Article

Association between public views of mental illness and self-stigma among individuals with mental illness in 14 European countries

Health Service and Population Research Department, Institute of Psychiatry, King's College London, UK.
Psychological Medicine (Impact Factor: 5.94). 11/2011; 42(8):1741-52. DOI: 10.1017/S0033291711002558
Source: PubMed

ABSTRACT

Little is known about how the views of the public are related to self-stigma among people with mental health problems. Despite increasing activity aimed at reducing mental illness stigma, there is little evidence to guide and inform specific anti-stigma campaign development and messages to be used in mass campaigns. A better understanding of the association between public knowledge, attitudes and behaviours and the internalization of stigma among people with mental health problems is needed.
This study links two large, international datasets to explore the association between public stigma in 14 European countries (Eurobarometer survey) and individual reports of self-stigma, perceived discrimination and empowerment among persons with mental illness (n=1835) residing in those countries [the Global Alliance of Mental Illness Advocacy Networks (GAMIAN) study].
Individuals with mental illness living in countries with less stigmatizing attitudes, higher rates of help-seeking and treatment utilization and better perceived access to information had lower rates of self-stigma and perceived discrimination and those living in countries where the public felt more comfortable talking to people with mental illness had less self-stigma and felt more empowered.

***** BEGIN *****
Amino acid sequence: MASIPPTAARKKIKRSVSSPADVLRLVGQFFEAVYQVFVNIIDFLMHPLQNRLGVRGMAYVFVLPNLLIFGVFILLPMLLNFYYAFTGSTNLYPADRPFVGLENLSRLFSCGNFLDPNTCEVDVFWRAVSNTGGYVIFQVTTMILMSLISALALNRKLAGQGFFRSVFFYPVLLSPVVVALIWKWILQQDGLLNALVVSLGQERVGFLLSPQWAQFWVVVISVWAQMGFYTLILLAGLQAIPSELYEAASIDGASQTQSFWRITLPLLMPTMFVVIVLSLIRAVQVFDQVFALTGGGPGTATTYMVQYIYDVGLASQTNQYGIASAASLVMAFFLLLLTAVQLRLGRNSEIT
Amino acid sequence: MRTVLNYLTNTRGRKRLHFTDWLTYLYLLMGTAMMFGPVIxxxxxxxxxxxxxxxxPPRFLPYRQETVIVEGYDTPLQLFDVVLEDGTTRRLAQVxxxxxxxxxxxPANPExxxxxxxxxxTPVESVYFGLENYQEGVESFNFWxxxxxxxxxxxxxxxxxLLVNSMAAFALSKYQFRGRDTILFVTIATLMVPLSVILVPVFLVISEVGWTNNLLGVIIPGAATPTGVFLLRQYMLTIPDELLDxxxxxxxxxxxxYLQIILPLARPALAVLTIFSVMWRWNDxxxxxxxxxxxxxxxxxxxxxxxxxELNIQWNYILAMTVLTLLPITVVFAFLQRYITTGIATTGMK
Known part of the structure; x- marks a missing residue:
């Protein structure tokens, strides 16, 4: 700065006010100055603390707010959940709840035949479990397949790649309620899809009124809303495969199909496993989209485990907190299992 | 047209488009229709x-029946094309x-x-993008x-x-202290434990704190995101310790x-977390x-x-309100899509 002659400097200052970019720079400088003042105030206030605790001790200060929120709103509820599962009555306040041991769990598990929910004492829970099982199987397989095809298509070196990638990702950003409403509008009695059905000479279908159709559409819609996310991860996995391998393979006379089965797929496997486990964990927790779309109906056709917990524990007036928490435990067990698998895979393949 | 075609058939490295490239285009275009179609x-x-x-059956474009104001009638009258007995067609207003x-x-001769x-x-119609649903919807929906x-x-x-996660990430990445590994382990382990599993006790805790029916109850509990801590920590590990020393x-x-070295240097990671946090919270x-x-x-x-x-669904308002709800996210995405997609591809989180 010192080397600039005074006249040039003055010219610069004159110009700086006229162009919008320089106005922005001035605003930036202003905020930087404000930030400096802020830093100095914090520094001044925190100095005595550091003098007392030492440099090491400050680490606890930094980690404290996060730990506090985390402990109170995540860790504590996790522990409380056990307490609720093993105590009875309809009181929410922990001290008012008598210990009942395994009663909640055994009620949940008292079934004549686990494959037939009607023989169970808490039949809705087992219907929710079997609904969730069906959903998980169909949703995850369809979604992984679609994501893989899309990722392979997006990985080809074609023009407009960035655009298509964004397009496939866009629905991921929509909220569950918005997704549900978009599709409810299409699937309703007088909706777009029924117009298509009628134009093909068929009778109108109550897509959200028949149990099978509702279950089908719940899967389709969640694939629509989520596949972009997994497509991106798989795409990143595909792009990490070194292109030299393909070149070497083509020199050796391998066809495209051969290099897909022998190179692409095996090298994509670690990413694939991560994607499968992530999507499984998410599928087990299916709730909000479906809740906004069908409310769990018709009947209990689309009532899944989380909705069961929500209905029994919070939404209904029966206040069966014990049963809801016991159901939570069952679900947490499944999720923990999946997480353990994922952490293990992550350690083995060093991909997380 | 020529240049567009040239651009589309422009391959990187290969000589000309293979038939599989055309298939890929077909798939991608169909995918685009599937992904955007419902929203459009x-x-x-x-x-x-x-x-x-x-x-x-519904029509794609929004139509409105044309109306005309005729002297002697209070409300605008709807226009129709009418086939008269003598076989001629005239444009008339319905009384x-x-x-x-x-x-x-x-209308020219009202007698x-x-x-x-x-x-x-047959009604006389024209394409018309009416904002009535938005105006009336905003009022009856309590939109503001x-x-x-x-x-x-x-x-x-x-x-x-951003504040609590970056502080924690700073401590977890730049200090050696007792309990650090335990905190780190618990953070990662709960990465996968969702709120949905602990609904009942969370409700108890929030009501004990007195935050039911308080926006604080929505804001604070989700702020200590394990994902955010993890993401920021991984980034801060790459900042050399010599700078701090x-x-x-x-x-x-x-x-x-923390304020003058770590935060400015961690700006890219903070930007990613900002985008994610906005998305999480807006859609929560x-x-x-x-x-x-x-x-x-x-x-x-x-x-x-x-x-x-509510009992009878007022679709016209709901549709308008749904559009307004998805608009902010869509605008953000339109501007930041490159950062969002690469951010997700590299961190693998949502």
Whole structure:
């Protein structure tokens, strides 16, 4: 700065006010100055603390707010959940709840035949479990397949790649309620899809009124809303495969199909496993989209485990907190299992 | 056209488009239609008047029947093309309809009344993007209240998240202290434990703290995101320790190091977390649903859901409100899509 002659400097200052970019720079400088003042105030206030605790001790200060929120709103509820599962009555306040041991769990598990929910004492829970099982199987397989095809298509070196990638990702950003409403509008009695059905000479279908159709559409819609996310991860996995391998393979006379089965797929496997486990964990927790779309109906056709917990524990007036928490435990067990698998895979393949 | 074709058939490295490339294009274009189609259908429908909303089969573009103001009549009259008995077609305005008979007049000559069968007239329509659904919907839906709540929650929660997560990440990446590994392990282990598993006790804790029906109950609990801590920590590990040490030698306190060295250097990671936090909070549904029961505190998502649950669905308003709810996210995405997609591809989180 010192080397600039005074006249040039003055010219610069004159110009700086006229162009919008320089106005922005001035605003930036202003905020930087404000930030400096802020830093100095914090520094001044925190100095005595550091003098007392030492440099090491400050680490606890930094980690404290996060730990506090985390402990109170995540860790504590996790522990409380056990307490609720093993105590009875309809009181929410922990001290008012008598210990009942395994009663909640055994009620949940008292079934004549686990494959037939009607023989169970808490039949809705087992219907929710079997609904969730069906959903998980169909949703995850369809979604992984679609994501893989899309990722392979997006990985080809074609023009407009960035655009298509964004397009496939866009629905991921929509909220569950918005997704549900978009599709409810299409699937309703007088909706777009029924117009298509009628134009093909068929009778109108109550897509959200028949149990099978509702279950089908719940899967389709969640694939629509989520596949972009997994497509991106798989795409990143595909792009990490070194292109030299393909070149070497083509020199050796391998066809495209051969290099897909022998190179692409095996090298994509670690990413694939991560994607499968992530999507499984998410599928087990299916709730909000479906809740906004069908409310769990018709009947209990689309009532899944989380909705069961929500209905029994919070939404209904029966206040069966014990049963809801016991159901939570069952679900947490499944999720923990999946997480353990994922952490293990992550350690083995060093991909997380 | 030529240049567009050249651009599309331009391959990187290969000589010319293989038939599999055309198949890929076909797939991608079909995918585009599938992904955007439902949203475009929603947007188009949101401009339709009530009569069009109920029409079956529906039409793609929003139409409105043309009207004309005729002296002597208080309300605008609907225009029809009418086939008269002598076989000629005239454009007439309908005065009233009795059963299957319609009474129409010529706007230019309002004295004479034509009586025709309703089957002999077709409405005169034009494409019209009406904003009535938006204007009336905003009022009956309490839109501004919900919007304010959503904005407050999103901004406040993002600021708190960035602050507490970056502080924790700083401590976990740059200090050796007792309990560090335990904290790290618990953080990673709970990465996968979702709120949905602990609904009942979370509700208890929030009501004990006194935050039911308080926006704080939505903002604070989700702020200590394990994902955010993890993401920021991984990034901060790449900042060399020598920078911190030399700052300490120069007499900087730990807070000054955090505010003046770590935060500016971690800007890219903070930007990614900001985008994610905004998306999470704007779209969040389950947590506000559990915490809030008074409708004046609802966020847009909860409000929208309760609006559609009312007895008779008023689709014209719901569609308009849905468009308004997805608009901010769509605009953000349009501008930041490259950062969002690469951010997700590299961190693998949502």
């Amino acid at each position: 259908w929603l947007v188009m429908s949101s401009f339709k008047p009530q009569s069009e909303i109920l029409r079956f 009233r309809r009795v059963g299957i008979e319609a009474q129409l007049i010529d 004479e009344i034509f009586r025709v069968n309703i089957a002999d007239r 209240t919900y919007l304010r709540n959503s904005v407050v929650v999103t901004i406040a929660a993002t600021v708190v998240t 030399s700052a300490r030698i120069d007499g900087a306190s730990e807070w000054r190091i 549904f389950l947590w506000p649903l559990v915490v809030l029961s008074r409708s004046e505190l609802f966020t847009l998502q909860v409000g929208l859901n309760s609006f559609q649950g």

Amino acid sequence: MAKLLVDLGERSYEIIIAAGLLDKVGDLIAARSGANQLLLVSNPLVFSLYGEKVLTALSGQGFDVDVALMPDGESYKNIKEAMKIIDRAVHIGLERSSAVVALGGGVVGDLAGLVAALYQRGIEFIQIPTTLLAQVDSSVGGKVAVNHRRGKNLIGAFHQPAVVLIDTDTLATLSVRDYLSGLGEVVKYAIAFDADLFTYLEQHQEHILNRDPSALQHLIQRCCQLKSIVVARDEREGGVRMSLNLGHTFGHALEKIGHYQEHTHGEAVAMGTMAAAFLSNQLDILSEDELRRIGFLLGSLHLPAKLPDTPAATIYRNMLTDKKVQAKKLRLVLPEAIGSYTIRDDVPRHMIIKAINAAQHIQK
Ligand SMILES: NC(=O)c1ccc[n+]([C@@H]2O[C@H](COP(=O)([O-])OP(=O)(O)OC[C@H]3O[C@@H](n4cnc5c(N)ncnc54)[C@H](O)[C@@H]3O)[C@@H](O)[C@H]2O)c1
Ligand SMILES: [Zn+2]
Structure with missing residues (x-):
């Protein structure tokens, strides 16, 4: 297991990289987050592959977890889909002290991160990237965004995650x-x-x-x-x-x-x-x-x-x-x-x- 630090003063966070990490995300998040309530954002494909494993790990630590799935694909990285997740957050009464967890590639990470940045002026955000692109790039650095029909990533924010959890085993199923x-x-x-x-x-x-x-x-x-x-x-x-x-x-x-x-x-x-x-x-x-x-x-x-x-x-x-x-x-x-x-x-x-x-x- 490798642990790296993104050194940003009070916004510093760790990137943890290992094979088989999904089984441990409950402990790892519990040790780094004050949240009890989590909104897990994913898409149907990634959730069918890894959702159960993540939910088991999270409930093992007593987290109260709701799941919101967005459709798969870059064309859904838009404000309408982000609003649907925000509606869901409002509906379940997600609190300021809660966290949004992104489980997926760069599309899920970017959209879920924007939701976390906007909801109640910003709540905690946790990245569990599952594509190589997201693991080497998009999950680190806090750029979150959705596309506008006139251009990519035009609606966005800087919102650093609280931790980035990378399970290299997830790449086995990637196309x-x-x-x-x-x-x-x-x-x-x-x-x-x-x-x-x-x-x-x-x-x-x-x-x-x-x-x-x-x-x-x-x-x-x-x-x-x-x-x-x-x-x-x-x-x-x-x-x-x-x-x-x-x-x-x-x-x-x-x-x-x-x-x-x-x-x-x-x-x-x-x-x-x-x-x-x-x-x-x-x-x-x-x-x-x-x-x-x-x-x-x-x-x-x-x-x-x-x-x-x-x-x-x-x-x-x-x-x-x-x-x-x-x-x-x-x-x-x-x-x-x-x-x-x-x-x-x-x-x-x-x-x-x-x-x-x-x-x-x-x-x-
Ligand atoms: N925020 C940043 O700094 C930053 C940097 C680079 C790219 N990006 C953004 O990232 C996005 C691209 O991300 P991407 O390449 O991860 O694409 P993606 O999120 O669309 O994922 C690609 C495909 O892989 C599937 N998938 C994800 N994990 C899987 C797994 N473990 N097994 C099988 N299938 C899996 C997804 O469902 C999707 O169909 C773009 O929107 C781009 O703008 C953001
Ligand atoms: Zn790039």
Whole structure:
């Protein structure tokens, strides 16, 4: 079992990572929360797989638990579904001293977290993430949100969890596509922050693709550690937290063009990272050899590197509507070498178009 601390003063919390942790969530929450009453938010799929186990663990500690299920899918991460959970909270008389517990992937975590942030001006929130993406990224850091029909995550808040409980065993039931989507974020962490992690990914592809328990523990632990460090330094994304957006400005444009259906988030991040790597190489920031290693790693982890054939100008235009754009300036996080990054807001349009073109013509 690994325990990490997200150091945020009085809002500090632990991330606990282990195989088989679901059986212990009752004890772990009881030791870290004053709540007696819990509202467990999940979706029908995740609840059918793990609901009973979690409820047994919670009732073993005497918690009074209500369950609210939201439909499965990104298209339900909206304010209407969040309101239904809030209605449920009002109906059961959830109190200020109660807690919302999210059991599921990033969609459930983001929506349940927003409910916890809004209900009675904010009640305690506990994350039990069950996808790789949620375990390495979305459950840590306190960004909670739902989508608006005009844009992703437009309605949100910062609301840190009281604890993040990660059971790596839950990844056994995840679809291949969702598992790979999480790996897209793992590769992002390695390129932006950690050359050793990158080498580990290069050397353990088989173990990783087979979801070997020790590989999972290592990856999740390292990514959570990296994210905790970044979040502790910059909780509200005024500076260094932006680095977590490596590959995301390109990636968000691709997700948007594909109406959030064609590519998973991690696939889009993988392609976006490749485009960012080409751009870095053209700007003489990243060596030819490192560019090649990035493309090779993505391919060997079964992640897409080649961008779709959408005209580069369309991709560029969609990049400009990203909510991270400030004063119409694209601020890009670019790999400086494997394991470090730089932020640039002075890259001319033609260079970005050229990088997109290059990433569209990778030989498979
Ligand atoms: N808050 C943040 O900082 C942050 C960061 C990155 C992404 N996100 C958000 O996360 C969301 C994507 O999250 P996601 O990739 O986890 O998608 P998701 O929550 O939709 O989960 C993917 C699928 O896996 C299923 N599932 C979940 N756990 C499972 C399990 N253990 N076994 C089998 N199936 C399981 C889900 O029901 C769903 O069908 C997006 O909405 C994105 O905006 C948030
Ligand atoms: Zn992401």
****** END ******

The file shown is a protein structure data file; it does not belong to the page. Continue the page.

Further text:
Targeting the general public through mass anti-stigma interventions may lead to a virtuous cycle by disrupting the negative feedback engendered by public stigma, thereby reducing self-stigma among people with mental health problems. A combined approach involving knowledge, attitudes and behaviour is needed; mass interventions that facilitate disclosure and positive social contact may be the most effective. Improving availability of information about mental health issues and facilitating access to care and help-seeking also show promise with regard to stigma.

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Available from: Sara Evans-Lacko, Mar 08, 2014
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    • "Experience of mental health problems early in life can be associated with a trajectory of exclusion and disadvantage, for example, through reduced participation in higher education, exclusion from civil society (including functions such as democratic participation), increased risk of contact with criminal justice systems, victimization , less access to physical healthcare, poverty and homelessness and reduced life expectancy [16] [21] [26] [35] [42] [47]. Stigma and exclusion of these kinds can directly reduce well-being and can also have significant consequences in terms of lower participation in healthcare, higher rates of mortality, higher levels of self-stigma, lower levels of empowerment and higher rates of unemployment [14] [40] [43]. Employment rates for people with mental health problems, for instance, are lower than those of the overall population and lower than those for people with physical health problems [25] [38]. "
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